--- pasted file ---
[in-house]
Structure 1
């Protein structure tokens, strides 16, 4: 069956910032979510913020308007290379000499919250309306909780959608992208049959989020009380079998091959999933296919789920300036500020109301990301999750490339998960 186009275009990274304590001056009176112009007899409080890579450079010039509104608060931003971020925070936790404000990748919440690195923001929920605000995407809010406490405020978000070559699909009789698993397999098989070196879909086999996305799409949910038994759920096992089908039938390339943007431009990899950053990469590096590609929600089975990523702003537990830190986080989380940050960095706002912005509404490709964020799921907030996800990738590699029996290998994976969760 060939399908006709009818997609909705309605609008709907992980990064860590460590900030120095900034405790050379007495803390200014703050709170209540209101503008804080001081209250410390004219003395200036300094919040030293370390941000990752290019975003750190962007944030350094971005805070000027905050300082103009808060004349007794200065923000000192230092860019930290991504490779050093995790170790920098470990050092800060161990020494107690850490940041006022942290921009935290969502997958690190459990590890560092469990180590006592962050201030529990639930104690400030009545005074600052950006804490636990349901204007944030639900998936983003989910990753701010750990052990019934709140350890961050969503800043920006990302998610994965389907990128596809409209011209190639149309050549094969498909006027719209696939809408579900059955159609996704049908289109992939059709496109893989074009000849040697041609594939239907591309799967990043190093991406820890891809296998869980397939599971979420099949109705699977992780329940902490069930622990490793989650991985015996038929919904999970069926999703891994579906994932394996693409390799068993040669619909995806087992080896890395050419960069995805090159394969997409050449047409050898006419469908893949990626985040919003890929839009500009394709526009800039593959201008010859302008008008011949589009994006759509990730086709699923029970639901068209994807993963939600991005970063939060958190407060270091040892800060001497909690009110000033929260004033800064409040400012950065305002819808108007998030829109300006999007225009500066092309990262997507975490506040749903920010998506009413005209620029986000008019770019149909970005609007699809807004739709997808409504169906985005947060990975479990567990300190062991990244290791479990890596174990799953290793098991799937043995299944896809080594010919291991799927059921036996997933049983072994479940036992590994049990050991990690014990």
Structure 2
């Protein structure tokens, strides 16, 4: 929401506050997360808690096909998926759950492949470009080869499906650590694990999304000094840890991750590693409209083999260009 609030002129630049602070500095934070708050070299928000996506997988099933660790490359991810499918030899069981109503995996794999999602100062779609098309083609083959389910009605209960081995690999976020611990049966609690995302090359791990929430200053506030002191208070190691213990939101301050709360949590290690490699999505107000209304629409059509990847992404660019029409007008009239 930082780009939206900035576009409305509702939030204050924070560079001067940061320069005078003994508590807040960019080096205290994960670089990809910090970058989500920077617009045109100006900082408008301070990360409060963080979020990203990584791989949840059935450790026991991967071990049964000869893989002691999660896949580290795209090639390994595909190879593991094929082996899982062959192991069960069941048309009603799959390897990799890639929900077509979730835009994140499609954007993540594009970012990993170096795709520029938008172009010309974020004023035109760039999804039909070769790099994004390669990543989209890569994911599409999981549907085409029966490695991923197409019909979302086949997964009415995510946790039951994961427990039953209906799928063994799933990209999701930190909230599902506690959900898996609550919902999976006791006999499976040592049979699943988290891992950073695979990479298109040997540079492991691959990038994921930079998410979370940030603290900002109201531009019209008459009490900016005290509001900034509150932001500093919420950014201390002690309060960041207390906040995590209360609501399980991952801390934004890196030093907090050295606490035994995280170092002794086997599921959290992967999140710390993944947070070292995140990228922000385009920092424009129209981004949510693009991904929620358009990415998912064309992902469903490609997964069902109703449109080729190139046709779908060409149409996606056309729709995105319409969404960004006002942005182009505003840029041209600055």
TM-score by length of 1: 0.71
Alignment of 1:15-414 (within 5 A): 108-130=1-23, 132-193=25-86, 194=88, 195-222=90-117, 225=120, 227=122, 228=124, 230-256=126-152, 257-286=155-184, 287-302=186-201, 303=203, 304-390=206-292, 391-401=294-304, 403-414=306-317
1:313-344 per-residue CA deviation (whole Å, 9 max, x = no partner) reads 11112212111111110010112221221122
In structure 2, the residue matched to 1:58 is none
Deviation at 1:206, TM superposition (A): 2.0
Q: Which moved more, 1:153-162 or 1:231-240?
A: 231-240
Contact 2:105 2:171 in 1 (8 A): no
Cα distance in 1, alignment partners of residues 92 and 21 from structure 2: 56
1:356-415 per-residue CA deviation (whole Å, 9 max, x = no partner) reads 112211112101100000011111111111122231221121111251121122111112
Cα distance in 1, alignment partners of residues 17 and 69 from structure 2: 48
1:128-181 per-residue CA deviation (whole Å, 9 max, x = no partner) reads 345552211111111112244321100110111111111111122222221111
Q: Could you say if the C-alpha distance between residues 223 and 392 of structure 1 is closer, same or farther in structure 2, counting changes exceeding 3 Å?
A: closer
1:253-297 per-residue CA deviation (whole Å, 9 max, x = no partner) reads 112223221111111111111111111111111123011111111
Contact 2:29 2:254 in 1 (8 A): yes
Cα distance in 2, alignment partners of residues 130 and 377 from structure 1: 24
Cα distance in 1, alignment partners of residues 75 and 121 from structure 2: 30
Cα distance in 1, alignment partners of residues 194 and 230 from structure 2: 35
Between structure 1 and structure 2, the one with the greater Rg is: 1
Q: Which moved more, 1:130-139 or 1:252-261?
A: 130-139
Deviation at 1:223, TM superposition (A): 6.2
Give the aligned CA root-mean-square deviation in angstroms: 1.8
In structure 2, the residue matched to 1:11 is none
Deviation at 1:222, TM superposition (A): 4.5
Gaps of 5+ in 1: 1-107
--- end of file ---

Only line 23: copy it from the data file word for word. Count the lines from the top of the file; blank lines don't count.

Cα distance in 1, alignment partners of residues 75 and 121 from structure 2: 30